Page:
CART is overexpressed in human type 2 diabetic islets and inhibits glucagon secretion and increases insulin secretion
Forskningsoutput: Tidskriftsbidrag › Artikel i vetenskaplig tidskrift
Aims/hypothesis: Insufficient insulin release and hyperglucagonaemia are culprits in type 2 diabetes. Cocaine- and amphetamine-regulated transcript (CART, encoded by Cartpt) affects islet hormone secretion and beta cell survival in vitro in rats, and Cart−/− mice have diminished insulin secretion. We aimed to test if CART is differentially regulated in human type 2 diabetic islets and if CART affects insulin and glucagon secretion in vitro in humans and in vivo in mice. Methods: CART expression was assessed in human type 2 diabetic and non-diabetic control pancreases and rodent models of diabetes. Insulin and glucagon secretion was examined in isolated islets and in vivo in mice. Ca2+ oscillation patterns and exocytosis were studied in mouse islets. Results: We report an important role of CART in human islet function and glucose homeostasis in mice. CART was found to be expressed in human alpha and beta cells and in a subpopulation of mouse beta cells. Notably, CART expression was several fold higher in islets of type 2 diabetic humans and rodents. CART increased insulin secretion in vivo in mice and in human and mouse islets. Furthermore, CART increased beta cell exocytosis, altered the glucose-induced Ca2+ signalling pattern in mouse islets from fast to slow oscillations and improved synchronisation of the oscillations between different islet regions. Finally, CART reduced glucagon secretion in human and mouse islets, as well as in vivo in mice via diminished alpha cell exocytosis. Conclusions/interpretation: We conclude that CART is a regulator of glucose homeostasis and could play an important role in the pathophysiology of type 2 diabetes. Based on the ability of CART to increase insulin secretion and reduce glucagon secretion, CART-based agents could be a therapeutic modality in type 2 diabetes.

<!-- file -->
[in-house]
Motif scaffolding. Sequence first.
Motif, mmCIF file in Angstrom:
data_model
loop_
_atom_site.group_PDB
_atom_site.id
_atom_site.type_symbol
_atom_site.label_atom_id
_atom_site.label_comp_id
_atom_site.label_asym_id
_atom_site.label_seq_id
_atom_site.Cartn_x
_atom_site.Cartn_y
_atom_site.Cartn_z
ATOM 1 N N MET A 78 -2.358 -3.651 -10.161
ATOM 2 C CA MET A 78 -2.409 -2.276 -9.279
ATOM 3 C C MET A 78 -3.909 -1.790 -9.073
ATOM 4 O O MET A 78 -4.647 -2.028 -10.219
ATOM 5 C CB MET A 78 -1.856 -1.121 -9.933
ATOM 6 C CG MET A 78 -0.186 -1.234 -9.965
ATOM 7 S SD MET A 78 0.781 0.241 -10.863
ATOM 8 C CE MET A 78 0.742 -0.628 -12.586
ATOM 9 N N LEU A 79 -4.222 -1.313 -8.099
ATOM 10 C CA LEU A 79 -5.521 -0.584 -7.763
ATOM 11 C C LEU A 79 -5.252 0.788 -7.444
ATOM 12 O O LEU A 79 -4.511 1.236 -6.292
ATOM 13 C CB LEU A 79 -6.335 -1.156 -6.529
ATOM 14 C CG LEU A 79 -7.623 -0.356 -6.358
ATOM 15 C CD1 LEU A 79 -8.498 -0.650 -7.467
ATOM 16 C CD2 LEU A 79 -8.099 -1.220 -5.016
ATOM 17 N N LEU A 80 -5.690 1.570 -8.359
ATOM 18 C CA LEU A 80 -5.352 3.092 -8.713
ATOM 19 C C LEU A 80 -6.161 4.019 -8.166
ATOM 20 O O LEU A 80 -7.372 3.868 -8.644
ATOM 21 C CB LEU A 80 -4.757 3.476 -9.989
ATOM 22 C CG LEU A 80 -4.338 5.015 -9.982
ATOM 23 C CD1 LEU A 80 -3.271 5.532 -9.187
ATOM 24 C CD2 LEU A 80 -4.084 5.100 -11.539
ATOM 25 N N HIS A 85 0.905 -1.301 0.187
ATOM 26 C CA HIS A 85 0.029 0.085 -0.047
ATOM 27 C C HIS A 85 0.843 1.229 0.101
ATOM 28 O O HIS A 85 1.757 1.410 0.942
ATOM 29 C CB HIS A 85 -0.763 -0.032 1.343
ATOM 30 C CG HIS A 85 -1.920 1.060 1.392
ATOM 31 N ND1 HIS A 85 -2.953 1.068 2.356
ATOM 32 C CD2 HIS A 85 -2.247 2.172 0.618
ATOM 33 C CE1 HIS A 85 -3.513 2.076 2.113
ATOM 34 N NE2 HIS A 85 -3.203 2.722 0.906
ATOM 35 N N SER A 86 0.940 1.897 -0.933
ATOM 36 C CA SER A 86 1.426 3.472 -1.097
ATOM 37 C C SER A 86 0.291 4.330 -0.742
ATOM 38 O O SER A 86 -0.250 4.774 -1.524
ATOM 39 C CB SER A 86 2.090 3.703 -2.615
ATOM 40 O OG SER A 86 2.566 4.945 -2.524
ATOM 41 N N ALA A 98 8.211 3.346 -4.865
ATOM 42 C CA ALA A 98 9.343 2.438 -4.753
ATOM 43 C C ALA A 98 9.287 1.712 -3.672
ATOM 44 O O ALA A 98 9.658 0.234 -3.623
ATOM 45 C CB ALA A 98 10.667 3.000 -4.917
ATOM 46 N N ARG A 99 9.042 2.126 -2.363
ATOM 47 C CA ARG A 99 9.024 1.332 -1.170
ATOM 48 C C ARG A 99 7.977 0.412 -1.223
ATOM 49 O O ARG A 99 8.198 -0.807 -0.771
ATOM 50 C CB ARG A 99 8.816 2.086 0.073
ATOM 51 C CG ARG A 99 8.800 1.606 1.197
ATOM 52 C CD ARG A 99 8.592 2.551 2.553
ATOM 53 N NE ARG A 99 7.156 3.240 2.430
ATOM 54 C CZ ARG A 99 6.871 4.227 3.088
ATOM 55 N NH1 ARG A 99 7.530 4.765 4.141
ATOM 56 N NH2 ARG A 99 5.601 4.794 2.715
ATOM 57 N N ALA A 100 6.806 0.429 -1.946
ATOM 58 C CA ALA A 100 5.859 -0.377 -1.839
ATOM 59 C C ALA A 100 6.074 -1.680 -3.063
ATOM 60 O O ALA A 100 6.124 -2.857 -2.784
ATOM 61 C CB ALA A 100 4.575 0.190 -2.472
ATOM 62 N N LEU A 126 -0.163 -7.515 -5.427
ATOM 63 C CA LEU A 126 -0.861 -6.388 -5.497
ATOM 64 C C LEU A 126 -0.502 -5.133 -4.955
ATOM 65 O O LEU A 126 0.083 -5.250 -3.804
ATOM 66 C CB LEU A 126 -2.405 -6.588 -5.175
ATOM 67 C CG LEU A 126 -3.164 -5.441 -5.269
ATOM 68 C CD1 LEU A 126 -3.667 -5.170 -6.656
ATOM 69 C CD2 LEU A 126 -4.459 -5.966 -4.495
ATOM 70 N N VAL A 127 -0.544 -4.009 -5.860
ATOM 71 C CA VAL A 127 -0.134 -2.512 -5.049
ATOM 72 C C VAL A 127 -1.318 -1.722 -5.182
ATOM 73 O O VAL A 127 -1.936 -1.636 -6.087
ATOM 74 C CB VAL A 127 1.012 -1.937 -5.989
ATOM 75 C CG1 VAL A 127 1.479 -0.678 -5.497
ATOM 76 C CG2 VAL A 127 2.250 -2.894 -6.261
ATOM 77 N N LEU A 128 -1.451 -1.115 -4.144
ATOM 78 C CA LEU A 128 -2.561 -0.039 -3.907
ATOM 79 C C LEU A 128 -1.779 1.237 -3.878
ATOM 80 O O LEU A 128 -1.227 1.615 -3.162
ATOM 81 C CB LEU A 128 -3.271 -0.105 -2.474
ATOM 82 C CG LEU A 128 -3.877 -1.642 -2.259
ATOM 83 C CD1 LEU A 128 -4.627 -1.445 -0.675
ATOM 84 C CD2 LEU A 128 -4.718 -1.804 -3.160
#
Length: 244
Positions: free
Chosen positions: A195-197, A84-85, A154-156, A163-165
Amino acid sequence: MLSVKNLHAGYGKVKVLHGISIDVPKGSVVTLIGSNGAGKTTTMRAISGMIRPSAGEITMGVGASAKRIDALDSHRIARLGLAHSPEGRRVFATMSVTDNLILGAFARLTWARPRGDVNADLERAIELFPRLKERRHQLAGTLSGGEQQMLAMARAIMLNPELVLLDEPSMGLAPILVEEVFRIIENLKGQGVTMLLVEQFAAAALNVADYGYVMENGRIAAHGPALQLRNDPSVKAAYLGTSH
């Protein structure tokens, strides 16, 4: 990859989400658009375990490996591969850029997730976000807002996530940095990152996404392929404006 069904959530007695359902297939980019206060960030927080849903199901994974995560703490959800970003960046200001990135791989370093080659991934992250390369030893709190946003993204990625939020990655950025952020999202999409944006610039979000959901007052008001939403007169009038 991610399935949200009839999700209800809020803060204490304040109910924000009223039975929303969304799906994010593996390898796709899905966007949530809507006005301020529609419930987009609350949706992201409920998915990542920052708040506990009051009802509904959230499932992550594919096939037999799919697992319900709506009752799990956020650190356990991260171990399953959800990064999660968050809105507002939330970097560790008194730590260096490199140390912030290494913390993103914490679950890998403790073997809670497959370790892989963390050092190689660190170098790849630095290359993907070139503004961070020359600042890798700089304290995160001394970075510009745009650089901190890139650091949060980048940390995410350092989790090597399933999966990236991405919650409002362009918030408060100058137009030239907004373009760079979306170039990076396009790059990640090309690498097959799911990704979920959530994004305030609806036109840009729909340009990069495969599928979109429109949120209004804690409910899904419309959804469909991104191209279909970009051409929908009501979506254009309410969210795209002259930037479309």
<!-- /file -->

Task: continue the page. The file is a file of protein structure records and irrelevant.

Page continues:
|Enheter & grupper|
Ämnesklassifikation (UKÄ) – OBLIGATORISK
|Status||Published - 2016 jun 23|
|Peer review utförd||Ja|